The History Of Soap Making - Part 2

by Gary Everson

The English began manufacturing soap during the 1100s, Italy, Spain and France, also began making soap at an early stage, possibly pre-dating England by up to 400 years. Early soap production primarily used tallow from goats and beech ash, but following experimentation by the French, olive oil was found to be an effective alternative to animal fats.

In about 1500 this discovery was introduced to England and the industry began to grow rapidly King James I granted special privileges including a monopoly to a soap maker for $100,000 a year, it was clearly a product for the wealthy.

In the American colonies, commercial soap making began in the early 17th century as settler tradesmen arrived from England, but in spite of this, soap making remained almost exclusively a home made product for many years. It is understood however that commercial soap makers visited houses and traded waste fats in exchange for soap.

In 1783 Swedish chemist Carl Wilhelm Scheele accidentally simulated the reaction that occurs in the present-day boiling process of soap making, when he boiled olive oil with lead oxide. This produced a sweet-tasting substance that he called Ölsüss - now known as glycerine.

Until late in the 18th century wood or bark ash was generally used as the catalyst in soap making. In 1791 soap making was revolutionized with the discovery by the French chemist Nicholas Leblanc of a process for making soda ash from common salt. This discovery significantly reduced the cost of the ash ingredient, while also improving quality.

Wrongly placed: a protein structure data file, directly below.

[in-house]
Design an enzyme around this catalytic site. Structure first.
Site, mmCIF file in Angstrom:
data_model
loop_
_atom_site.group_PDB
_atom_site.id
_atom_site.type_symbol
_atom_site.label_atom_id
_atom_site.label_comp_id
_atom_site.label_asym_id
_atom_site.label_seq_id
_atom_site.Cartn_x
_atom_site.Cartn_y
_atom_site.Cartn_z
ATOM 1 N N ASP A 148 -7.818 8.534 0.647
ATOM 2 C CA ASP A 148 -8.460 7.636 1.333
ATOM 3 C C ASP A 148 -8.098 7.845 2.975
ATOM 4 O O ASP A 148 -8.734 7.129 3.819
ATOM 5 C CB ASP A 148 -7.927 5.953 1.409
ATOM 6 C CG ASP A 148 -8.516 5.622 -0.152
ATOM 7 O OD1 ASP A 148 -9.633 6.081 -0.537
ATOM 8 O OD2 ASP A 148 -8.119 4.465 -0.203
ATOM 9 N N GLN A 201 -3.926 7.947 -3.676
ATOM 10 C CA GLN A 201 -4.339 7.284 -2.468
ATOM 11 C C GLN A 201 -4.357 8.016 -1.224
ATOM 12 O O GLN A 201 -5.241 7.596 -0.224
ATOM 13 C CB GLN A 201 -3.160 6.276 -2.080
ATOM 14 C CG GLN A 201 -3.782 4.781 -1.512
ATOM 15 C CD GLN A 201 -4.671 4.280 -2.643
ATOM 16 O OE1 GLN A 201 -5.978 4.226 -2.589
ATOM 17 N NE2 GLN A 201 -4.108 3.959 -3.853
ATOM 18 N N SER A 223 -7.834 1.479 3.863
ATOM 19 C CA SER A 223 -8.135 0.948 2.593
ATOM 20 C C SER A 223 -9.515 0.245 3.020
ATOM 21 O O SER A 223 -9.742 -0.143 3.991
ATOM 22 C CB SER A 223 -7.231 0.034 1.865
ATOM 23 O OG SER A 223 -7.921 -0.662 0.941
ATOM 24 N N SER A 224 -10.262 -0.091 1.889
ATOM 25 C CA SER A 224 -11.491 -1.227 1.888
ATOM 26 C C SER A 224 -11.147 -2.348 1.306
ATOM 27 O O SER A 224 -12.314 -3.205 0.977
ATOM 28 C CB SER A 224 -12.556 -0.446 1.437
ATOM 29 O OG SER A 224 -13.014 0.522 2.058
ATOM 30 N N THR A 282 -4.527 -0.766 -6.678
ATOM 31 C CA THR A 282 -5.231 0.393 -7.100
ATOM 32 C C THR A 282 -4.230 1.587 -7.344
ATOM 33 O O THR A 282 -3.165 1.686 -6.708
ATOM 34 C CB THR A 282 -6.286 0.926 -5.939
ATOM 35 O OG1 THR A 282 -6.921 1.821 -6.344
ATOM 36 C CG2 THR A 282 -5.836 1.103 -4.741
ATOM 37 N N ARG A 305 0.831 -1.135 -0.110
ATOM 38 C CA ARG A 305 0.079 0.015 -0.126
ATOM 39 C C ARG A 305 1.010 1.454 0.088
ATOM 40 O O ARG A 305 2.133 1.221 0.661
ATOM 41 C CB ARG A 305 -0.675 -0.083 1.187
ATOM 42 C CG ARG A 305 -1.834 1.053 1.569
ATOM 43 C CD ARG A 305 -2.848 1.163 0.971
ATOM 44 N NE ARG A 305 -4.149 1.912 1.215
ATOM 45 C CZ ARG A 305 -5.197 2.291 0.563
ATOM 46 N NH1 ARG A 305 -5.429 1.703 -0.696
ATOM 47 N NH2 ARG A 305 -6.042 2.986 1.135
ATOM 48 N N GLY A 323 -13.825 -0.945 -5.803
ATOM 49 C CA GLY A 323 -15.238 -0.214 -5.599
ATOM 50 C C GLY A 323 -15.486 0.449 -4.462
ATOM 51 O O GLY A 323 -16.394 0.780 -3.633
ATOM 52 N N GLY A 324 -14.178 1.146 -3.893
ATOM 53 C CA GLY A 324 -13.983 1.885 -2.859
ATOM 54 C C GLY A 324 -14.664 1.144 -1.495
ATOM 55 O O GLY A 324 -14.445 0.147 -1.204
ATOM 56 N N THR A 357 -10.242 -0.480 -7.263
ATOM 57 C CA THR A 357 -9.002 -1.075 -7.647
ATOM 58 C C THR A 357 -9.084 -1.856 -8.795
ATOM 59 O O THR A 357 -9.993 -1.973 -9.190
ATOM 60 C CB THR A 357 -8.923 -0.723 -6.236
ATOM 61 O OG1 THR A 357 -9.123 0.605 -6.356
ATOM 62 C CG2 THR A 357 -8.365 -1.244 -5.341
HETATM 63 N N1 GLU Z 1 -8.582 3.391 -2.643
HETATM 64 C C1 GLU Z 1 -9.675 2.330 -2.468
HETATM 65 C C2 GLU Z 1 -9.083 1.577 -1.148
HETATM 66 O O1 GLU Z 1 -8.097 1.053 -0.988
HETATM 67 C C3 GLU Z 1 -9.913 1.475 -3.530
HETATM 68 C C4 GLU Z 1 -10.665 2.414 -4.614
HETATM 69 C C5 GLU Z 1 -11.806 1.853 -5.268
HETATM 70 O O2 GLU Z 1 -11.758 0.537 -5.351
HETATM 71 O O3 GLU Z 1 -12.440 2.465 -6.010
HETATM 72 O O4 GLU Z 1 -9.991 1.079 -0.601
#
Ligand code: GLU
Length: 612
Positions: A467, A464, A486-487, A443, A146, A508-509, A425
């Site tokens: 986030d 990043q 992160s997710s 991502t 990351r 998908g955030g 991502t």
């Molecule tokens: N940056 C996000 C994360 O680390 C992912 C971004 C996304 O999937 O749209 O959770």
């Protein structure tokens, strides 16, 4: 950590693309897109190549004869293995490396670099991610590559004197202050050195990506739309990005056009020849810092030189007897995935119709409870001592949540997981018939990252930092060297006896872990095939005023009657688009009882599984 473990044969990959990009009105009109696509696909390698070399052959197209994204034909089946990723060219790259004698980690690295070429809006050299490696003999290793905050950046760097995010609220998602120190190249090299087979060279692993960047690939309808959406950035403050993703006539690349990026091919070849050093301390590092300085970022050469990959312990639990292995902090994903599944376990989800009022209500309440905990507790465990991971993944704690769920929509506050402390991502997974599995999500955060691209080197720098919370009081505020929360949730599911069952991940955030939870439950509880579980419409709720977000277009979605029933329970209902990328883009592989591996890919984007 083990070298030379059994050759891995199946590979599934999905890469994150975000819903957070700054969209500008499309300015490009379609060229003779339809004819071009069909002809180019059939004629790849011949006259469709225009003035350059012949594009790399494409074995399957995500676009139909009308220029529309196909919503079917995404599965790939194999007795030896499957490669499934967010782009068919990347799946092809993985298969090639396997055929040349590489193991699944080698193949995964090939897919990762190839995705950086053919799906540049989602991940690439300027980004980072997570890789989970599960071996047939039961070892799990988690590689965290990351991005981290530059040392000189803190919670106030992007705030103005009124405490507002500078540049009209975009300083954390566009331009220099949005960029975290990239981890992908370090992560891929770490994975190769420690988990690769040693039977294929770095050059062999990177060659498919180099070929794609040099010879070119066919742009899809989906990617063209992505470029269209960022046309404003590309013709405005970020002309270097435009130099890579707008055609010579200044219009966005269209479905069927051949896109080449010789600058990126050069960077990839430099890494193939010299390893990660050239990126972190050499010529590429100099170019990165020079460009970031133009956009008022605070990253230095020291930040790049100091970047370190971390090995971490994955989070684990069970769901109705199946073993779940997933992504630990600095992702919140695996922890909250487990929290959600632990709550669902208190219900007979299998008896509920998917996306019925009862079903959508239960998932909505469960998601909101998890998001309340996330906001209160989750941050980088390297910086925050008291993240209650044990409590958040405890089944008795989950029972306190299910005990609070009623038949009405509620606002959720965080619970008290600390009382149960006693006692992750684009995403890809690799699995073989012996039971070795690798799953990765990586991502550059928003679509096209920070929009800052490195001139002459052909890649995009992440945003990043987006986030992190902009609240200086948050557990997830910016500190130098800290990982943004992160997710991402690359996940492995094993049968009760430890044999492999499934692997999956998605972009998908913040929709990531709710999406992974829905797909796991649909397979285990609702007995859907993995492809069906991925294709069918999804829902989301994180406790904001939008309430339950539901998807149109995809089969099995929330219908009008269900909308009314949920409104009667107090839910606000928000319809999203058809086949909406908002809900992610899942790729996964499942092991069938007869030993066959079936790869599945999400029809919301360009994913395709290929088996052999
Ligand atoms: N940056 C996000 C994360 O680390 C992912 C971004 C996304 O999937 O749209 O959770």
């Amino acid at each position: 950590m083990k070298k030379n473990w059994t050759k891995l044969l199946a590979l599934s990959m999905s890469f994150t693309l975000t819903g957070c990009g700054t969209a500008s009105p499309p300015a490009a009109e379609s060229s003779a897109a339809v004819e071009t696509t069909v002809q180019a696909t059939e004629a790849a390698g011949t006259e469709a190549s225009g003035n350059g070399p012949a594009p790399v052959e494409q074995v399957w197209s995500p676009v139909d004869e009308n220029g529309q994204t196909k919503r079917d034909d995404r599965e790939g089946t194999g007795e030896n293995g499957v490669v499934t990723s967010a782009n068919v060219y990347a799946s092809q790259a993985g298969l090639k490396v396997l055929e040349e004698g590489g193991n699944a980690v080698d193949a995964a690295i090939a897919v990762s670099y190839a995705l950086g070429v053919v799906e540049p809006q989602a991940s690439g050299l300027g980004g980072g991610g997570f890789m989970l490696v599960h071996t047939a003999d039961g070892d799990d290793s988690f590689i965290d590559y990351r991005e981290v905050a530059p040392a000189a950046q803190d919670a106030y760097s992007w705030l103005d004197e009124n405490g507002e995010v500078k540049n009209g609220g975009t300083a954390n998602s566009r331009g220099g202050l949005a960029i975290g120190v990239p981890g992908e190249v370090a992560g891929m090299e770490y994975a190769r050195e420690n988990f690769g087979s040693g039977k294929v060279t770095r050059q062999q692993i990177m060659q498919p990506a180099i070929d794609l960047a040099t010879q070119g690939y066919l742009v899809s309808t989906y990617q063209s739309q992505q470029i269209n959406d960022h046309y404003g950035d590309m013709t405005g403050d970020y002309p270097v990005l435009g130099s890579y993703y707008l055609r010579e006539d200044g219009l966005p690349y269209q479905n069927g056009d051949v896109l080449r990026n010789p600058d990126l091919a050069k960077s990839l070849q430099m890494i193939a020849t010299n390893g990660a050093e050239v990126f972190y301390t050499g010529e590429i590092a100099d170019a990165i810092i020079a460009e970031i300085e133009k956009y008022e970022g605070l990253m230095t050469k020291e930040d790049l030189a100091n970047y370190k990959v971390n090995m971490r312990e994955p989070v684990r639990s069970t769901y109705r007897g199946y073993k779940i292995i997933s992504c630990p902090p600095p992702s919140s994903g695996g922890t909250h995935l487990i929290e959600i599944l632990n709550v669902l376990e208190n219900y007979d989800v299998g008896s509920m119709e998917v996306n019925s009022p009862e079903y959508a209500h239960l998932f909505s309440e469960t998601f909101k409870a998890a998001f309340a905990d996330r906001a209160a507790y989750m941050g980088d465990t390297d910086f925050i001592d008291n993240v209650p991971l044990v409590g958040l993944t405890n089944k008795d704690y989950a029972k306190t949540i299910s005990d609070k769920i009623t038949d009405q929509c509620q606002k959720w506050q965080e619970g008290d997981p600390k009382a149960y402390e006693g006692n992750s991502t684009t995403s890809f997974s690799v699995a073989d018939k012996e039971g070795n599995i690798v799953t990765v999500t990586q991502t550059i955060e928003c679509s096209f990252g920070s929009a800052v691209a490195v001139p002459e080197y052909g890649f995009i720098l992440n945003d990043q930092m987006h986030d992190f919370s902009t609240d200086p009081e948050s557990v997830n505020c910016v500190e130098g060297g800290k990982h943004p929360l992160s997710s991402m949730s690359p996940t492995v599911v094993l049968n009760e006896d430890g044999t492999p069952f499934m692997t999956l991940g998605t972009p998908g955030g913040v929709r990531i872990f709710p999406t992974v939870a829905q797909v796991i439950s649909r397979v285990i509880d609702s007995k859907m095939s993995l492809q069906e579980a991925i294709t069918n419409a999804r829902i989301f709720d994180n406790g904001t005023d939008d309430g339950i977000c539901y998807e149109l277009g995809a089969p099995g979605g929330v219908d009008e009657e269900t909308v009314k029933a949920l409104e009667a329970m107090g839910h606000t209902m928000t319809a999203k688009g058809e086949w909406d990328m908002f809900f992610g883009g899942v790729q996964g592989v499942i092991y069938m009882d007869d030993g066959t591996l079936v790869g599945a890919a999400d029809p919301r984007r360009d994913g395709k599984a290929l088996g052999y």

Some 20 years later Michel Eugene Chevreul established the basis for both fat and soap chemistry and thus the science of modern soap making was born. His studies revealed the chemical nature and relationship of fats, glycerine and fatty acids.

The invention during the mid-1800s of the ammonia process by Belgian chemist Ernest Solvay further reduced the cost of obtaining the alkali soda ash from common salt and again the quality and quantity available for the industry increased significantly.

Together with the developing availability of power to operate factories, these advances made the manufacture of soap one of America's fastest growing industries by 1850. This increased availability also changed soap from a luxury to an everyday convenience; however taxation in some countries also played a part in preventing its widespread availability and therefore inhibiting improvements in cleanliness standards.

About the Author

Want to learn All About Soap Making, but haven't a clue where to start? Gary Everson's FREE course will show you how, from the basic techniques with a detailed explanation of theraputic soaps, to cold process and melt and pour recipes, followed by comprehensive safety and legal information and finishing by turning it all into a business, with an extra bonus at the end.

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